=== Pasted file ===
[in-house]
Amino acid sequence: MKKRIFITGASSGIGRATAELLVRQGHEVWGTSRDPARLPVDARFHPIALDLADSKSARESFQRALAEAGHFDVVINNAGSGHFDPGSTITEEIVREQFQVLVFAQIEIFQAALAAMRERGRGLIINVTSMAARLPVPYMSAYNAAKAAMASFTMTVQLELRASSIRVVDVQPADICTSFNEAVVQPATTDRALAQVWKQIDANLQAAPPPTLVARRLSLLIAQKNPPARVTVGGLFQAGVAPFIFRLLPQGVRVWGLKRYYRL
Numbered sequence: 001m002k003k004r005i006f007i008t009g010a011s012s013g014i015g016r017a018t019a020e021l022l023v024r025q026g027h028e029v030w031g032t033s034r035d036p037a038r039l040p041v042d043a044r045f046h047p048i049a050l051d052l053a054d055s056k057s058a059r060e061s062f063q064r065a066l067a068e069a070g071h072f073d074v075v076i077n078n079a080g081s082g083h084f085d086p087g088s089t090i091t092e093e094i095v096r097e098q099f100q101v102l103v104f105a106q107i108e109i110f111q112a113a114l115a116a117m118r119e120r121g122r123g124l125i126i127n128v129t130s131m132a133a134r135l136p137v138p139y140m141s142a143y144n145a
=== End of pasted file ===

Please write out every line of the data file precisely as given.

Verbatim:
[in-house]
Amino acid sequence: MKKRIFITGASSGIGRATAELLVRQGHEVWGTSRDPARLPVDARFHPIALDLADSKSARESFQRALAEAGHFDVVINNAGSGHFDPGSTITEEIVREQFQVLVFAQIEIFQAALAAMRERGRGLIINVTSMAARLPVPYMSAYNAAKAAMASFTMTVQLELRASSIRVVDVQPADICTSFNEAVVQPATTDRALAQVWKQIDANLQAAPPPTLVARRLSLLIAQKNPPARVTVGGLFQAGVAPFIFRLLPQGVRVWGLKRYYRL
Numbered sequence: 001m002k003k004r005i006f007i008t009g010a011s012s013g014i015g016r017a018t019a020e021l022l023v024r025q026g027h028e029v030w031g032t033s034r035d036p037a038r039l040p041v042d043a044r045f046h047p048i049a050l051d052l053a054d055s056k057s058a059r060e061s062f063q064r065a066l067a068e069a070g071h072f073d074v075v076i077n078n079a080g081s082g083h084f085d086p087g088s089t090i091t092e093e094i095v096r097e098q099f100q101v102l103v104f105a106q107i108e109i110f111q112a113a114l115a116a117m118r119e120r121g122r123g124l125i126i127n128v129t130s131m132a133a134r135l136p137v138p139y140m141s142a143y144n145a